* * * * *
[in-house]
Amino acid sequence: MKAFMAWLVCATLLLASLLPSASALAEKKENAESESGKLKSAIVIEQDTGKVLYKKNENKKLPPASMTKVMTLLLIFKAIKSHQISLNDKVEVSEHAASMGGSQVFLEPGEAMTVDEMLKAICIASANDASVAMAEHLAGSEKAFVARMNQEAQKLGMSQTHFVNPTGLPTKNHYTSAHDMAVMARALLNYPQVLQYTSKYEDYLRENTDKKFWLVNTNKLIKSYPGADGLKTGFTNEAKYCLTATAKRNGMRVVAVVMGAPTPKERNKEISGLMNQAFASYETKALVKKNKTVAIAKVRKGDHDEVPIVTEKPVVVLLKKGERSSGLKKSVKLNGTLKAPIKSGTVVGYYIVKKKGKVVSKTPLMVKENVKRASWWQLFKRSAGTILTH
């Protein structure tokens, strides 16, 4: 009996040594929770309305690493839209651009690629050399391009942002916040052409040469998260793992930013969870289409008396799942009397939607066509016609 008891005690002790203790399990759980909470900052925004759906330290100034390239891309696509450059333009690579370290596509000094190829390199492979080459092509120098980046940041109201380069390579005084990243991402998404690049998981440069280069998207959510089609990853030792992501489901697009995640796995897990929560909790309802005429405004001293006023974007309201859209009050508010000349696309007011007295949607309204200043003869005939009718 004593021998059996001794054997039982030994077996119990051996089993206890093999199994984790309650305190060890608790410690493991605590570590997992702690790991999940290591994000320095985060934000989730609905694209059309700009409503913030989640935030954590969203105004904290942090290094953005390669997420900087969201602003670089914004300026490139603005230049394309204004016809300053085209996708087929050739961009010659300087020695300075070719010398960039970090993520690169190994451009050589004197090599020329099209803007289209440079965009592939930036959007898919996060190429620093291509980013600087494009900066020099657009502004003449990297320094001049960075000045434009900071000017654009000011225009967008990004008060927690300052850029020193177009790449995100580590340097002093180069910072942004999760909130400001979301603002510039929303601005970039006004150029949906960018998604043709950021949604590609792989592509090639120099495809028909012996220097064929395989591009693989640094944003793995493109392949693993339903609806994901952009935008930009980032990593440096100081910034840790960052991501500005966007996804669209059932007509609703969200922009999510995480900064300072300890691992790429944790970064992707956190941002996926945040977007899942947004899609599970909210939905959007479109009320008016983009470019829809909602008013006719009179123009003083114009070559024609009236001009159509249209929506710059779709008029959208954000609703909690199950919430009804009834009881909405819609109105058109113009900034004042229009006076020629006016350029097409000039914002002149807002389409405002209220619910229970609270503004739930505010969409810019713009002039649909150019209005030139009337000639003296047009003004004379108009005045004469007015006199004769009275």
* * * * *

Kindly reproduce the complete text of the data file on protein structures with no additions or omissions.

[in-house]
Amino acid sequence: MKAFMAWLVCATLLLASLLPSASALAEKKENAESESGKLKSAIVIEQDTGKVLYKKNENKKLPPASMTKVMTLLLIFKAIKSHQISLNDKVEVSEHAASMGGSQVFLEPGEAMTVDEMLKAICIASANDASVAMAEHLAGSEKAFVARMNQEAQKLGMSQTHFVNPTGLPTKNHYTSAHDMAVMARALLNYPQVLQYTSKYEDYLRENTDKKFWLVNTNKLIKSYPGADGLKTGFTNEAKYCLTATAKRNGMRVVAVVMGAPTPKERNKEISGLMNQAFASYETKALVKKNKTVAIAKVRKGDHDEVPIVTEKPVVVLLKKGERSSGLKKSVKLNGTLKAPIKSGTVVGYYIVKKKGKVVSKTPLMVKENVKRASWWQLFKRSAGTILTH
């Protein structure tokens, strides 16, 4: 009996040594929770309305690493839209651009690629050399391009942002916040052409040469998260793992930013969870289409008396799942009397939607066509016609 008891005690002790203790399990759980909470900052925004759906330290100034390239891309696509450059333009690579370290596509000094190829390199492979080459092509120098980046940041109201380069390579005084990243991402998404690049998981440069280069998207959510089609990853030792992501489901697009995640796995897990929560909790309802005429405004001293006023974007309201859209009050508010000349696309007011007295949607309204200043003869005939009718 004593021998059996001794054997039982030994077996119990051996089993206890093999199994984790309650305190060890608790410690493991605590570590997992702690790991999940290591994000320095985060934000989730609905694209059309700009409503913030989640935030954590969203105004904290942090290094953005390669997420900087969201602003670089914004300026490139603005230049394309204004016809300053085209996708087929050739961009010659300087020695300075070719010398960039970090993520690169190994451009050589004197090599020329099209803007289209440079965009592939930036959007898919996060190429620093291509980013600087494009900066020099657009502004003449990297320094001049960075000045434009900071000017654009000011225009967008990004008060927690300052850029020193177009790449995100580590340097002093180069910072942004999760909130400001979301603002510039929303601005970039006004150029949906960018998604043709950021949604590609792989592509090639120099495809028909012996220097064929395989591009693989640094944003793995493109392949693993339903609806994901952009935008930009980032990593440096100081910034840790960052991501500005966007996804669209059932007509609703969200922009999510995480900064300072300890691992790429944790970064992707956190941002996926945040977007899942947004899609599970909210939905959007479109009320008016983009470019829809909602008013006719009179123009003083114009070559024609009236001009159509249209929506710059779709008029959208954000609703909690199950919430009804009834009881909405819609109105058109113009900034004042229009006076020629006016350029097409000039914002002149807002389409405002209220619910229970609270503004739930505010969409810019713009002039649909150019209005030139009337000639003296047009003004004379108009005045004469007015006199004769009275």